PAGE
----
The Peacekeeping theme focuses on a gendered approach to multi-dimensional peacekeeping missions, predominantly through gender mainstreaming of peace support operations and the increase of female recruitment in peacekeeping, military, and police.

The Security Council calls for an increase in the number of women in peacekeeping operations (1325,OP6).

It is also important to note that the issues of gender and peacekeeping should never be reduced to the number of women recruited as peacekeepers. Promoting security is about providing real human security for the population, not about the militarisation of women. The point is not to achieve gender parity for its own sake, but rather to draw on the unique and powerful contribution women can make to peacekeeping.

The Security Council commits to include a gender component in UN field operations (1325,OP5), and requests that the Secretary-General’s reports to include information on the progress of gender mainstreaming within each operation (1325,OP17). Without a gender perspective, it is almost impossible to adequately create an inclusive security, which forms the basis of promoting sustainable and durable peace. Gender training, pre-deployment, on the ground, and post-deployment is effective for ensuring peacekeeping personnel have sufficient knowledge and skills.

Peacekeeping missions are increasingly being mandated to address sexual violence (1960,OP10), and training can increase the prevention, recognition, and response to sexual and gender-based violence (SGBV) and sexual exploitation and abuse (1820,OP6). The implementation of the Women, Peace and Security agenda varies greatly among Peacekeeping Operations. This variation is a result of the peacekeeping mission’s mandates and also structure, leadership, funding, whether there is a designation of a separate unit to address gender, and the number of gender advisors. These key gaps were highlighted in DPKO’s Ten-Year Impact Study on Implementation of Resolution 1325 in Peacekeeping.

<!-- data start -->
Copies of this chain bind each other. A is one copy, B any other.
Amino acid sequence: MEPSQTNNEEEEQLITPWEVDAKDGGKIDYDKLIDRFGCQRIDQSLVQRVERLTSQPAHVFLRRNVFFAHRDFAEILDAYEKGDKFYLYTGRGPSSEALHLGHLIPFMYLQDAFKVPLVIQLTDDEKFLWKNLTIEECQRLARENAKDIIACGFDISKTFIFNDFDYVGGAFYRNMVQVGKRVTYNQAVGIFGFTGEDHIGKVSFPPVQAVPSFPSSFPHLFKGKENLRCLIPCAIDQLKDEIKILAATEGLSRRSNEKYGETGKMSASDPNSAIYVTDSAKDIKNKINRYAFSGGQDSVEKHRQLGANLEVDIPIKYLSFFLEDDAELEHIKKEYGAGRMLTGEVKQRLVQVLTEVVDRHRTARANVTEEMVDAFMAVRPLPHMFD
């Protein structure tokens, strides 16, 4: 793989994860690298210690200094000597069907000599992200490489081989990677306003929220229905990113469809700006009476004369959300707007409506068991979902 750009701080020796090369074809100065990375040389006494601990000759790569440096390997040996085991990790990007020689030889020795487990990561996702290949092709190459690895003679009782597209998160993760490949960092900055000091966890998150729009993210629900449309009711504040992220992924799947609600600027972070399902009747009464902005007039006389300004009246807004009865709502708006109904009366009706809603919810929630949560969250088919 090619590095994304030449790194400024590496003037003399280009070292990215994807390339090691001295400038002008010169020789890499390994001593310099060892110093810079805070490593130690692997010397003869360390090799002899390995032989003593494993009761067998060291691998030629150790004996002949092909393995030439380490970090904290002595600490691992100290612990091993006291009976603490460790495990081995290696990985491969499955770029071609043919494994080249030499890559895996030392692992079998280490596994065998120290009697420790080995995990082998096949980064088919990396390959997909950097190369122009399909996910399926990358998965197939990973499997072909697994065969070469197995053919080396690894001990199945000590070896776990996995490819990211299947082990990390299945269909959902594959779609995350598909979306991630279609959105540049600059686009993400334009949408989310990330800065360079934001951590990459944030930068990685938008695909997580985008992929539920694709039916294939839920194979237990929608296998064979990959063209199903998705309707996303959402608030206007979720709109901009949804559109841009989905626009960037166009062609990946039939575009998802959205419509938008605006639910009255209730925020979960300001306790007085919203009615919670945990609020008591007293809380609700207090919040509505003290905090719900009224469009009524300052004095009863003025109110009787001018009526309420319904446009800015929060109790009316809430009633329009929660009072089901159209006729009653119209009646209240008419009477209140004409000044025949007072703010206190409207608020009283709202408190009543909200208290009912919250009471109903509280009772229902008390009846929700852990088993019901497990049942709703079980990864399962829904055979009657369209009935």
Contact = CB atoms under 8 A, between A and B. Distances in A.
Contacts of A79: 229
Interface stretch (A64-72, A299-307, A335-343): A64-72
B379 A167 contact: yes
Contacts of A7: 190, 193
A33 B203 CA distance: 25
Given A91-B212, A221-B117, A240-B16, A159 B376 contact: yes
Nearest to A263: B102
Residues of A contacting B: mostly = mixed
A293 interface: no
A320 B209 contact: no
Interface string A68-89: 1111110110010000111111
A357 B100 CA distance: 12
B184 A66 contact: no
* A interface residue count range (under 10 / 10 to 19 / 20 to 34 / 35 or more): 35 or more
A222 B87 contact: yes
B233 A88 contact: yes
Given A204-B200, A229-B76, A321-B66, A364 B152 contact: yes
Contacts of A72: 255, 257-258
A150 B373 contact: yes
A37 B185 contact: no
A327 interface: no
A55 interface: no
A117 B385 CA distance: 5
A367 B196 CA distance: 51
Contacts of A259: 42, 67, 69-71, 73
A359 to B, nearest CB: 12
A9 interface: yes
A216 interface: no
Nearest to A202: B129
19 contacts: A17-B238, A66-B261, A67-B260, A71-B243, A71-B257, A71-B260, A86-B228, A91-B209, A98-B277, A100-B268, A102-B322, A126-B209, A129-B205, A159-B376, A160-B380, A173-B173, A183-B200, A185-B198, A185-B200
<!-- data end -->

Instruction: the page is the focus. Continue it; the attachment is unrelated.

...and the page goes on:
These measures can trigger positive changes for women within conflict and post-conflict situations, such as increased physical security, employment-related benefits, capacity building for local women’s organisations, and increased awareness of women’s rights. Additionally, positive role models and examples of women’s leadership have a positive effect on the environment and contribute to the success of peacekeeping missions.

For more resources on this Critical Issue, visit PeaceWomen Resource Center >>

Challenges and Opportunities in Peace Operations: The Incorporation of Women; 2008; Latin American Security and Defense Work

Donadio, Women in Armed and Police Forces, 2010

Gender Mainstreaming in Peace Support Operations: Moving Beyond Rhetoric to Practice, Int Alert 2002

Gender and Peace Support Operations: Opportunities and Challenges to Improve Practice, Int Alert, 2002

Annual Review of Global Peace Operations, Center on International Cooperation, 2009

RESDAL, Women in the Armed and Police Forces: Resolution 1325 and Peace Operations in Latin America, 2010

Peacekeepers Must Protect Women, AIDS-Free World (2008).